6. 6. “Above and beyond demographics, the Tapestry data profiles thehouseholds and gives us a deeper view of the consumers in the market,”said Beitz. “I think the key here is to add retail space only if it accom-plishes the larger goal of creating a dynamic shopping place wherepeople want to spend time. If you only look at retail square footage percapita, then you will see that lots of areas are overretailed. The problemis that often the retailer has not adapted to the changing compositionof the market. Tapestry gives us the consumer understanding of thebusiness equation to better capitalize on opportunities in the market.”Secure Access to Information AnywhereMacKenzie brokers and retail partners can present retail centers inthe most positive light using an online dashboard created by Felton.MapDash, built on Esri’s cloud-based solution ArcGIS Online forOrganizations provides designated staff with secure access to informa-tion from anywhere. When an anchor store leaves a mall, customer counts and sales oftendecline. This triggers the material adverse change clause in most leasesand affects the rates other tenants pay. To counter this situation, Feltonand his team use MapDash to define the current customer dynamicsin trade areas and quantify the market opportunity, depth of demand,and spending capability of consumers in the area. With this informa-tion, MacKenzie staff can match opportunities with tenant prospects. “I think about the world I was in just 10 years ago—me having tobuild applications and run analyses for people—and now the barriershave been lifted,” said Felton. “Today, I can focus on the content, thebusiness use, and not worry about the infrastructure.”From Reactive to ProactiveMapDash helps the brokers communicate lease information to theircustomers. The dashboard helps organizations that hold between 10 and 40 leases in a region access all related information, identifywhere properties are located, and know when leases on those proper-ties should be renewed. Red flashing dots on the dashboard map signify stores that require at-tention relating to a time-sensitive issue such as a lease option. Clickingthese dots provides both street and bird’s-eye views of the retail loca-tion, along with reports that summarize the pertinent information aboutthe lease such as length of lease, price per square foot, and length oftime at the site. This gives decision makers a better understanding ofthe terms of all leases, turning the often reactive lease renewal processinto a proactive strategy for optimizing the company’s portfolio. “MapDash allows our customers to see their entire portfolio, not justone lease at a time,” said Felton. “Accessing information in this manneris better and faster and keeps our clients more informed. This givesthem more leverage in the process, and this translates into healthierretail stores.”Opportunity in a Sea of ChangeToday’s retailers have a tremendous opportunity to leverage their retaillocations to gain significant competitive advantages. GIS technologyand data help retailers gain a comprehensive understanding of dailystore operations and the customer. These retailers can more quicklyidentify key trends, make decisions, and respond to changing con-sumer behavior. This is a key competitive advantage. Being agile andresponsive is the key to maintaining a viable and growing business in adramatically evolving economic landscape.For more information on how GIS canhelp retailers, visit MapDash helps organizations thathold between 10 and 40 leases in aregion access all related information,identify property location, and knowwhen leases on those propertiesshould be renewed.6 Esri News for Business  Winter 2012/2013Born Again  continued from page 5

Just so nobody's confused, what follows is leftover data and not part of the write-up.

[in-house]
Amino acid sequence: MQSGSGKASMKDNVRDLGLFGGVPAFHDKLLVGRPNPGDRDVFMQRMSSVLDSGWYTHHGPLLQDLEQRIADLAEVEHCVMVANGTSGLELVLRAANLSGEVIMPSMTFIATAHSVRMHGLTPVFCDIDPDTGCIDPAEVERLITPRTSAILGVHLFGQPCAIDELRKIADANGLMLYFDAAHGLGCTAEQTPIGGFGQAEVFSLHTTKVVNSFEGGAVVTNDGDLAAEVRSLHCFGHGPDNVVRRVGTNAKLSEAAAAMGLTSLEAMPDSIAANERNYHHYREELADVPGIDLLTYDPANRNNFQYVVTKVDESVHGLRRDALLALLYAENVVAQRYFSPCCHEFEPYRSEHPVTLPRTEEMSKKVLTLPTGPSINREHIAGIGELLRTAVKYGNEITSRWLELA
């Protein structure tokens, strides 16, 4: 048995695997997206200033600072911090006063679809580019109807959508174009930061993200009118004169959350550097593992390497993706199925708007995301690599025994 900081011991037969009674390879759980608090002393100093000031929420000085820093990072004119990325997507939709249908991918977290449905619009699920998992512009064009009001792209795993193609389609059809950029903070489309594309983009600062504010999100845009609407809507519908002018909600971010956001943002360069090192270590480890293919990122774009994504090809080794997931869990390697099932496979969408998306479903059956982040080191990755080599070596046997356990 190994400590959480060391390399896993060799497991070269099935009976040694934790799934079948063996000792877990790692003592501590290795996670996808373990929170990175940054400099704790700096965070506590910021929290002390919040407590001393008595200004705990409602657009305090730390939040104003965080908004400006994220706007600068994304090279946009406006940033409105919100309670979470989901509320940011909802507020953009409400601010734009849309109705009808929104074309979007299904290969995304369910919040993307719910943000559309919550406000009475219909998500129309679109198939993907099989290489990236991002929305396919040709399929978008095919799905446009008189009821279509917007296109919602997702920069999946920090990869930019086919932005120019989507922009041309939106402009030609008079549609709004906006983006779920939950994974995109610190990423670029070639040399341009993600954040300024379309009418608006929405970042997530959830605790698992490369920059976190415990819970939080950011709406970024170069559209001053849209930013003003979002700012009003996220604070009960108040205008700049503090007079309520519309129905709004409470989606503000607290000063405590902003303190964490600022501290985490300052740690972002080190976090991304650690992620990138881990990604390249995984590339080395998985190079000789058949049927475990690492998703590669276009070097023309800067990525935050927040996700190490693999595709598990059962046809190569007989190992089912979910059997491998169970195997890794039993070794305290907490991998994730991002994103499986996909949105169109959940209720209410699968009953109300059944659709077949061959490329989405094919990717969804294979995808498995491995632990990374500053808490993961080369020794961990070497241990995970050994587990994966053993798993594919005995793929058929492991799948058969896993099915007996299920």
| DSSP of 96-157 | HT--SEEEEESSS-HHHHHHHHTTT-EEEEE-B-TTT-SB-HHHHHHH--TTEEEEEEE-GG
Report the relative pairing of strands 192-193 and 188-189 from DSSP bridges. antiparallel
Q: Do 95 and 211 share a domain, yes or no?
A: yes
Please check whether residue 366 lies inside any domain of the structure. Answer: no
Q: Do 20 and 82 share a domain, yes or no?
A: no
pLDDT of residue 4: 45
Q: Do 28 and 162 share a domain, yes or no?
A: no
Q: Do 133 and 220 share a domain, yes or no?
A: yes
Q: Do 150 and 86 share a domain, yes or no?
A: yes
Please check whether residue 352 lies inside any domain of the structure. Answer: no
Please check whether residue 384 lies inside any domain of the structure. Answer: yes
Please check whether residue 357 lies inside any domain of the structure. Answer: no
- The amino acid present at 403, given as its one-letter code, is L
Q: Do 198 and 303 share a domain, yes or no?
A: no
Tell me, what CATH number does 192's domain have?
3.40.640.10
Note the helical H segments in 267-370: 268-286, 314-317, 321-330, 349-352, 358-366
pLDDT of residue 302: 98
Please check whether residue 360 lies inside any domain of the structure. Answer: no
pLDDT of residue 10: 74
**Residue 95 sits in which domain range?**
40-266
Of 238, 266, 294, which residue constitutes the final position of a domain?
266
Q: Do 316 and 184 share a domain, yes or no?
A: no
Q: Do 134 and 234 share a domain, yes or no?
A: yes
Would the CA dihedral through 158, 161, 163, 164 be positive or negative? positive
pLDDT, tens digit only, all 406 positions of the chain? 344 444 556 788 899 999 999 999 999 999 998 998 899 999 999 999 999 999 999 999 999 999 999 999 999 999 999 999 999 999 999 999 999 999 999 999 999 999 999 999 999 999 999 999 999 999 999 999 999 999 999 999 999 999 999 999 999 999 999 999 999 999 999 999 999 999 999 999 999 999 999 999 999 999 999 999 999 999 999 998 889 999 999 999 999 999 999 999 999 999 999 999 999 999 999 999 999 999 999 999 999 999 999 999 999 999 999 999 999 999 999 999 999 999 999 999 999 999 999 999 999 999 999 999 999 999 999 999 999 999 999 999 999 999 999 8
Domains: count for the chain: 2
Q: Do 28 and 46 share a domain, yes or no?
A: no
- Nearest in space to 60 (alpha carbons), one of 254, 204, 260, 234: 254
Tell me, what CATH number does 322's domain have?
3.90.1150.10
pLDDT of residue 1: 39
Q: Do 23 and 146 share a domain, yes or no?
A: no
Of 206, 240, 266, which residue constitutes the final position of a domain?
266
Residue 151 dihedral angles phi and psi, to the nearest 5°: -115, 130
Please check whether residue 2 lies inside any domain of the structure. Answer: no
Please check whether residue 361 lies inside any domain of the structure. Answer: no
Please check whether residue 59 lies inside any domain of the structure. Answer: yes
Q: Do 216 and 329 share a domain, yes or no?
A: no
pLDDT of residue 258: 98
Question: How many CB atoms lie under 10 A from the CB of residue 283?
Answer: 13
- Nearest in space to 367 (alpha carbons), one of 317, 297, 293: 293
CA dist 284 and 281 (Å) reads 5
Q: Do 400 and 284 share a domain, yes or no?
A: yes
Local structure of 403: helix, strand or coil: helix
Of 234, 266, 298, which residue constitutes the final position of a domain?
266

7. 7. A&P Enhances Real Estate Strategywith Esri GIS SoftwareSolution Will Provide Grocer with Localized Shopping TrendsGreat Atlantic and Pacific Tea Company, Inc. (A&P), has licensed EsriGIS technology and data to provide localized shopping trends datathat supports the company’s commitment to being the number onefood and drug store in the neighborhoods it serves. Adopting Esri’s so-lutions for retail real estate and market planning will help the companymaintain and grow its market presence across the Northeast. “Partnering with Esri allows us to enhance our real estate strategyin the neighborhoods that we currently serve by enabling us to meetthe specific needs of our customers,” said Nrup Krishnamurthy, A&Pchief information officer. “In addition, this technology will serve as anessential business tool to help us make well-informed decisions aboutwhere and how we go to market in the future.” Esri’s powerful location analytics provide A&P staff with valuabledata on store locations, including key demographics and shoppingtrends in local communities. By analyzing geodemographic data, partof the Esri Business Analyst solution, A&P can continue to grow anddevelop its stores. “A&P will ensure its products and store positioning meet the needsof its customers with the adoption of location analytics,” said SimonMiele Turns to Esri to Drive GrowthLocation Analytics Propels Orange County, California, Dealer to 70 Percent IncreaseMiele, Inc., a premium provider of domestic appliances and commercialmachines, has streamlined its distribution network in the United Statesusing Esri technology. Esri’s software and data are used to betterunderstand which markets are best for the company’s hiqh-qualityproducts. By focusing on specific segments of the marketplace, Mielecan pinpoint customers and help its dealers be more successful. “GIS has been an important tool to help us navigate the Americaneconomy in the last few years,” said Matt Kueny, senior businessanalyst in sales at Miele. “Just because someone might have theincome to spend on one of our products doesn’t necessarily mean theyare a realistic target for our brand based on other lifestyle variables.Using Esri technology, we have been able to better analyze patternsand share this information with our dealer network so we can get theneeded item to the customer.” Using the ArcGIS platform, Miele was able to better gauge thehealth of its dealer network and ensure that products were avail-able in the most appropriate market segments. Esri Business AnalystOnline helps Miele communicate key marketing activities to its dealersand work in a collaborative environment. By being able to visualizeand analyze sales information and business data through maps, oneOrange County, California, Miele dealer achieved a 70 percent growthin sales. “Miele has done an astounding job of responding to a changing andhighly competitive marketplace by applying technology and expertisein an innovative manner,” said Simon Thompson, director, commercialsolutions, at Esri. “Miele really is inspirational in that it has helped itsdealers grow their businesses in an environment where many busi-nesses are failing.” Miele continues to adapt to its customers’ evolving retail sophistica-tion and help its dealers keep up their revenue by applying locationanalysis to online shopping. “By tracking search engine hits in our gapmarkets, we are able to geotarget the nearest dealer to that Internetshopper,” said Kueny. “We are making the shopping experience moreconvenient by helping the customer find the nearest product. It’s allabout customer service.” StudyThompson, director, commercial solutions, at Esri. “We look forward toworking to assist A&P in achieving its vision.”